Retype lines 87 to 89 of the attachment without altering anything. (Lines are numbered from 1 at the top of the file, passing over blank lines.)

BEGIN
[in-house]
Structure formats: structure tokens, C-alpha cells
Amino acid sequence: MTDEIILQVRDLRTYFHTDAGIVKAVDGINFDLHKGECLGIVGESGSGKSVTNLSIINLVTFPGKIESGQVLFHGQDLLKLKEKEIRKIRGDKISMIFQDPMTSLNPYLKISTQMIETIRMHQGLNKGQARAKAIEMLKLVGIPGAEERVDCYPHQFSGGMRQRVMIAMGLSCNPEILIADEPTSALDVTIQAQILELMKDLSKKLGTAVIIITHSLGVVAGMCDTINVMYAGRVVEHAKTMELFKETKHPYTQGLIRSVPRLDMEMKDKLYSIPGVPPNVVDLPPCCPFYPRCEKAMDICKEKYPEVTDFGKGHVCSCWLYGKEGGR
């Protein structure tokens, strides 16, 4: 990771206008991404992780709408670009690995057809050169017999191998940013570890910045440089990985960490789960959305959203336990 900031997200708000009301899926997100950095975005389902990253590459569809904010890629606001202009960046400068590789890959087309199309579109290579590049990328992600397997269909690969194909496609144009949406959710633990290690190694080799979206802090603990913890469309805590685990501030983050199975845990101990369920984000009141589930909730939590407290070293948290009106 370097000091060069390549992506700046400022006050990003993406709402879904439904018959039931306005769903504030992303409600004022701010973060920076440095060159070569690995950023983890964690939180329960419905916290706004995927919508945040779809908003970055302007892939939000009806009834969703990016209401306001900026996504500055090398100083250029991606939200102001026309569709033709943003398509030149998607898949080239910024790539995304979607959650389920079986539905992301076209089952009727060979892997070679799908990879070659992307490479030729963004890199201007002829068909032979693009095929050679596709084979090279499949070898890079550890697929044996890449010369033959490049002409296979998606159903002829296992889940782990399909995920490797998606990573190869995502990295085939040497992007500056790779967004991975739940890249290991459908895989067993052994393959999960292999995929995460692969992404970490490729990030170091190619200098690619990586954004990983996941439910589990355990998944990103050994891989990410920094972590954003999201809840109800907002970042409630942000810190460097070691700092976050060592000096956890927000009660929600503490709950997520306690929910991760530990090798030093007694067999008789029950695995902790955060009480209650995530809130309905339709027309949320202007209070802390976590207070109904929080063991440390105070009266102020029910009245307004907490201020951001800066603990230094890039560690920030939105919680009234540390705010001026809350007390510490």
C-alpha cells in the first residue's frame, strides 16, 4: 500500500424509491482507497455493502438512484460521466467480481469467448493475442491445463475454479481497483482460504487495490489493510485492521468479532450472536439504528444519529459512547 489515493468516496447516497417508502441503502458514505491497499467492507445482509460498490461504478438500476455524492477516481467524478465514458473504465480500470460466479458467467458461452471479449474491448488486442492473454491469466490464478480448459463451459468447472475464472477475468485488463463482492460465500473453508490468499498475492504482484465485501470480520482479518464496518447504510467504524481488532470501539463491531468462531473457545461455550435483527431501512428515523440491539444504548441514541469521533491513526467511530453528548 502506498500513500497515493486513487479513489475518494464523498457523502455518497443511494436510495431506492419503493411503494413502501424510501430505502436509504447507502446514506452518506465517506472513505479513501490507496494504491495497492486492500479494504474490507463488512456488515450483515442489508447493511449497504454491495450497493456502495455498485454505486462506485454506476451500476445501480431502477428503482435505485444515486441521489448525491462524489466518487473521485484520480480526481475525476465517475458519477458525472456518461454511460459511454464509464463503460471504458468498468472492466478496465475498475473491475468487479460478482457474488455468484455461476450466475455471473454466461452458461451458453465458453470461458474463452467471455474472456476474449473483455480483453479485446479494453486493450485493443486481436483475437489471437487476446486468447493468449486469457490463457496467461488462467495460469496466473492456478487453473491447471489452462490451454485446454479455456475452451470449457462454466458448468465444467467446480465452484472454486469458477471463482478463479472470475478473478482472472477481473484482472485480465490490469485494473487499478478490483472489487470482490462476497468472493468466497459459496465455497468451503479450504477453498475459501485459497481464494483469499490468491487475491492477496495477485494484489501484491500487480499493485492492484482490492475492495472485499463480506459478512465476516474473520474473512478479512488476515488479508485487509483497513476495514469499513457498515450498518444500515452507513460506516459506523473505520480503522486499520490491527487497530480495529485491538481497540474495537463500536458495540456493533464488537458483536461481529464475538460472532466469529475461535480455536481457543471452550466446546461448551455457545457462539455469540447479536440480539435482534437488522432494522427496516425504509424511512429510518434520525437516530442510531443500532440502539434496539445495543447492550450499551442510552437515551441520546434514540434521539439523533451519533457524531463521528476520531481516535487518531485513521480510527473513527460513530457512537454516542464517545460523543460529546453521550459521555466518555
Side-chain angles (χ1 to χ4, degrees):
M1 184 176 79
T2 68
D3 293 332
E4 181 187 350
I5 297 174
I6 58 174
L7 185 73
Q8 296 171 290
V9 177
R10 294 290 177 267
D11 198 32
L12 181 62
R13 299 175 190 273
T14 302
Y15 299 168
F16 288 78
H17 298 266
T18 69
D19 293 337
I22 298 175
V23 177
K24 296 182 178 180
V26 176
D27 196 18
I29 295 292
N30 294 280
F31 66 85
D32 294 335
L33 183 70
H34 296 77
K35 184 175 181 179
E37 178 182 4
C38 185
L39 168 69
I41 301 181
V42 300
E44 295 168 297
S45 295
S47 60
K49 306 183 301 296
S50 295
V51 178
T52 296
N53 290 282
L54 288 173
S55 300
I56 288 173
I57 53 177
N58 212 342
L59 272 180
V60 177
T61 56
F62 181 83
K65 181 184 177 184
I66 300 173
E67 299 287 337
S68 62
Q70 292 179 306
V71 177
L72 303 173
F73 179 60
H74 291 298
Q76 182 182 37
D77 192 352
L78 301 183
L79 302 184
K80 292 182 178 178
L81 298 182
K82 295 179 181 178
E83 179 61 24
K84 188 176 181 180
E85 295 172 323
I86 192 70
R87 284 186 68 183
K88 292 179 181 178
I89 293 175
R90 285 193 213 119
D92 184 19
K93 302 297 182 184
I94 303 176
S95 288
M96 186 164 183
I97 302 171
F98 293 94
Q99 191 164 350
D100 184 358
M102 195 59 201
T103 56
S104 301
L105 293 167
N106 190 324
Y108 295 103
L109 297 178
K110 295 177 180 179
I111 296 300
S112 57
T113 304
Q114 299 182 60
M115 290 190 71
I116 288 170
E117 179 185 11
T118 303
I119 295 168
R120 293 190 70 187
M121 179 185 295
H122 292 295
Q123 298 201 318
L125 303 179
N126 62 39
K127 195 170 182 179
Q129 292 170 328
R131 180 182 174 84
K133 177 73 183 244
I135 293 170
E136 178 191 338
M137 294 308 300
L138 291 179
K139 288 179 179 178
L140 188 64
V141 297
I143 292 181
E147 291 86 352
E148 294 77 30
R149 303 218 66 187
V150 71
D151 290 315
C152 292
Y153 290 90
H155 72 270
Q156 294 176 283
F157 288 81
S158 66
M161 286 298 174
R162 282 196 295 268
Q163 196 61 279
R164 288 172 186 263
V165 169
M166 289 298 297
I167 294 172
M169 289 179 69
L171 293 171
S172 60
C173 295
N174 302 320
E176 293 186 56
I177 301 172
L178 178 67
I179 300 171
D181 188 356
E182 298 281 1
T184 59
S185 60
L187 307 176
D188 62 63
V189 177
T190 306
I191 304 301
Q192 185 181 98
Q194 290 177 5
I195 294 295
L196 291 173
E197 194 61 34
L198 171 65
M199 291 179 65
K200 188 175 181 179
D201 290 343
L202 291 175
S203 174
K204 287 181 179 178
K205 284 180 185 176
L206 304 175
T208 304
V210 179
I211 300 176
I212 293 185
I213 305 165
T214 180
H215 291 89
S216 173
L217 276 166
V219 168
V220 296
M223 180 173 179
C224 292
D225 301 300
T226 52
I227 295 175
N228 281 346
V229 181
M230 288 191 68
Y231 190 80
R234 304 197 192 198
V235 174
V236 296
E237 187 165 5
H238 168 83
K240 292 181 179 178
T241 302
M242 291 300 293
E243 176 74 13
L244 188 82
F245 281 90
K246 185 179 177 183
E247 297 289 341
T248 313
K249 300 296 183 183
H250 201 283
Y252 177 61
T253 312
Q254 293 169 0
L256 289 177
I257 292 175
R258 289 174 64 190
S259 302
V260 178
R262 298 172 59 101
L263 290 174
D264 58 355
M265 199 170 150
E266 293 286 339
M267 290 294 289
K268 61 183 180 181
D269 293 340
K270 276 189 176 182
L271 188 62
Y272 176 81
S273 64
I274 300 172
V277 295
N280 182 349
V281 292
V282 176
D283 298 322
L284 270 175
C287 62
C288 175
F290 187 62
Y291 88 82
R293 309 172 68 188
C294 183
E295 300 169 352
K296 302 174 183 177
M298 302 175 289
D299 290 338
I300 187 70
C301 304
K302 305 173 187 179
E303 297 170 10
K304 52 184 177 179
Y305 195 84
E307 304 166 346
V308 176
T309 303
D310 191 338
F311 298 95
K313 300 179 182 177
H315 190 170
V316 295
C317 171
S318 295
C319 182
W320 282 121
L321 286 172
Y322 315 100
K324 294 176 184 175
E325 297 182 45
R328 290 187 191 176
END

S95 288
M96 186 164 183
I97 302 171